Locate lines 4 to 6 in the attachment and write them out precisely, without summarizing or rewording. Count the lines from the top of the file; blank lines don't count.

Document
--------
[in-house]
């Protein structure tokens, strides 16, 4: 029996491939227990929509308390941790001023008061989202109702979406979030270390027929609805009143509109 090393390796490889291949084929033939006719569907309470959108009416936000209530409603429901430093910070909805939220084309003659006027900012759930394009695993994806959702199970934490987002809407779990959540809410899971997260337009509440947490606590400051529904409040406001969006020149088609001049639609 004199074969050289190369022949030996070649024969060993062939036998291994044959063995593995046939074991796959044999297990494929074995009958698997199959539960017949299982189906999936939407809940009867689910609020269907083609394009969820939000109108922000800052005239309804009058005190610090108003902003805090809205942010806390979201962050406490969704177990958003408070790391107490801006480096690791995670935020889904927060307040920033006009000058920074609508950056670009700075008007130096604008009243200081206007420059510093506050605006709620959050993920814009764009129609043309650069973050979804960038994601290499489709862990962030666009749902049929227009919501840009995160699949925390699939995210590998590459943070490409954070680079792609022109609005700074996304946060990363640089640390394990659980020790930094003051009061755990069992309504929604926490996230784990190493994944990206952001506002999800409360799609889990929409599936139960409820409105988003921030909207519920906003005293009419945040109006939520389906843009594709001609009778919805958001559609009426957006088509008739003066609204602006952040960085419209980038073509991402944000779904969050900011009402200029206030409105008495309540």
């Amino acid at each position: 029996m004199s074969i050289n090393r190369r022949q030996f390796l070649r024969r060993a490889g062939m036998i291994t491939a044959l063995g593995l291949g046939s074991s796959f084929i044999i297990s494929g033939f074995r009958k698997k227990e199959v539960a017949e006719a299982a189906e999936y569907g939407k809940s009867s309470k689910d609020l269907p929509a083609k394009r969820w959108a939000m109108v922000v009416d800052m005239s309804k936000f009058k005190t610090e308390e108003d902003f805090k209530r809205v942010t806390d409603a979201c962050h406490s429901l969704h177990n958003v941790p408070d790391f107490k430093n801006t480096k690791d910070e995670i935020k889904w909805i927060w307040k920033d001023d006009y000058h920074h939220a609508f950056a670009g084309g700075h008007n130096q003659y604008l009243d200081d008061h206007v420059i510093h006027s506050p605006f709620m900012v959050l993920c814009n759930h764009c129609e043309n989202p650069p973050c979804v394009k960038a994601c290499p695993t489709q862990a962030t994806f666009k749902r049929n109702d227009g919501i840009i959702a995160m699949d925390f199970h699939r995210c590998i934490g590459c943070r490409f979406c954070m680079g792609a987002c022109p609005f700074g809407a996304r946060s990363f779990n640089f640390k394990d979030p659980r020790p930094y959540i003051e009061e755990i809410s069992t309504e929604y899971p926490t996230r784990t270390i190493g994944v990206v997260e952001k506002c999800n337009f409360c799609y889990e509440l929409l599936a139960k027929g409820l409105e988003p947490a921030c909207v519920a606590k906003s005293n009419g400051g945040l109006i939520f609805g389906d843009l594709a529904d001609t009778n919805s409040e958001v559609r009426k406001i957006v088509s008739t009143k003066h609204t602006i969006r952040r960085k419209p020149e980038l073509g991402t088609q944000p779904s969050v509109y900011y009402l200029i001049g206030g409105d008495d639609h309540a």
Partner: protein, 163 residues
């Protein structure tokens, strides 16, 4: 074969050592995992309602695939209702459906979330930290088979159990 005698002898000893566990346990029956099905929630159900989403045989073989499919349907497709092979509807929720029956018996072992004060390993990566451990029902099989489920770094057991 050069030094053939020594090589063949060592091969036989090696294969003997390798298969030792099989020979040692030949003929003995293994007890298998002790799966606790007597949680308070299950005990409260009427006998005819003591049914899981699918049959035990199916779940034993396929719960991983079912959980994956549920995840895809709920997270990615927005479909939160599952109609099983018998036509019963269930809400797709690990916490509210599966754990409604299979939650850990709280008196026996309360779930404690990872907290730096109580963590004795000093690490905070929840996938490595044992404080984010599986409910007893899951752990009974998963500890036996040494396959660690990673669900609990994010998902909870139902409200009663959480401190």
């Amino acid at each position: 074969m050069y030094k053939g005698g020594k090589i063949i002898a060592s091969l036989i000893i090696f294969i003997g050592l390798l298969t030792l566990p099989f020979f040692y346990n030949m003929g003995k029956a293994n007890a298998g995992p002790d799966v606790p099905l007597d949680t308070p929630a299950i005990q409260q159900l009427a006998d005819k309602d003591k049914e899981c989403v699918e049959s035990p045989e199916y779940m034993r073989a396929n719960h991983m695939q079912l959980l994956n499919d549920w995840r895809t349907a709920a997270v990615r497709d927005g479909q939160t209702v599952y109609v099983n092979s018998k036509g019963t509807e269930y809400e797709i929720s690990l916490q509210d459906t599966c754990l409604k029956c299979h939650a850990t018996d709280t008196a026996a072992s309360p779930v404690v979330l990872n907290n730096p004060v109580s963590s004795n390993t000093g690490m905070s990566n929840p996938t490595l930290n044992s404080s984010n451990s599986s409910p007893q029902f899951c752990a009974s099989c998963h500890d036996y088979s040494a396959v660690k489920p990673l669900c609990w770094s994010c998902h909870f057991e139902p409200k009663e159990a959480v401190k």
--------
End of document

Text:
Partner: protein, 163 residues
């Protein structure tokens, strides 16, 4: 074969050592995992309602695939209702459906979330930290088979159990 005698002898000893566990346990029956099905929630159900989403045989073989499919349907497709092979509807929720029956018996072992004060390993990566451990029902099989489920770094057991 050069030094053939020594090589063949060592091969036989090696294969003997390798298969030792099989020979040692030949003929003995293994007890298998002790799966606790007597949680308070299950005990409260009427006998005819003591049914899981699918049959035990199916779940034993396929719960991983079912959980994956549920995840895809709920997270990615927005479909939160599952109609099983018998036509019963269930809400797709690990916490509210599966754990409604299979939650850990709280008196026996309360779930404690990872907290730096109580963590004795000093690490905070929840996938490595044992404080984010599986409910007893899951752990009974998963500890036996040494396959660690990673669900609990994010998902909870139902409200009663959480401190």
């Amino acid at each position: 074969m050069y030094k053939g005698g020594k090589i063949i002898a060592s091969l036989i000893i090696f294969i003997g050592l390798l298969t030792l566990p099989f020979f040692y346990n030949m003929g003995k029956a293994n007890a298998g995992p002790d799966v606790p099905l007597d949680t308070p929630a299950i005990q409260q159900l009427a006998d005819k309602d003591k049914e899981c989403v699918e049959s035990p045989e199916y779940m034993r073989a396929n719960h991983m695939q079912l959980l994956n499919d549920w995840r895809t349907a709920a997270v990615r497709d927005g479909q939160t209702v599952y109609v099983n092979s018998k036509g019963t509807e269930y809400e797709i929720s690990l916490q509210d459906t599966c754990l409604k029956c299979h939650a850990t018996d709280t008196a026996a072992s309360p779930v404690v979330l990872n907290n730096p004060v109580s963590s004795n390993t000093g690490m905070s990566n929840p996938t490595l930290n044992s404080s984010n451990s599986s409910p007893q029902f899951c752990a009974s099989c998963h500890d036996y088979s040494a396959v660690k489920p990673l669900c609990w770094s994010c998902h909870f057991e139902p409200k009663e159990a959480v401190k």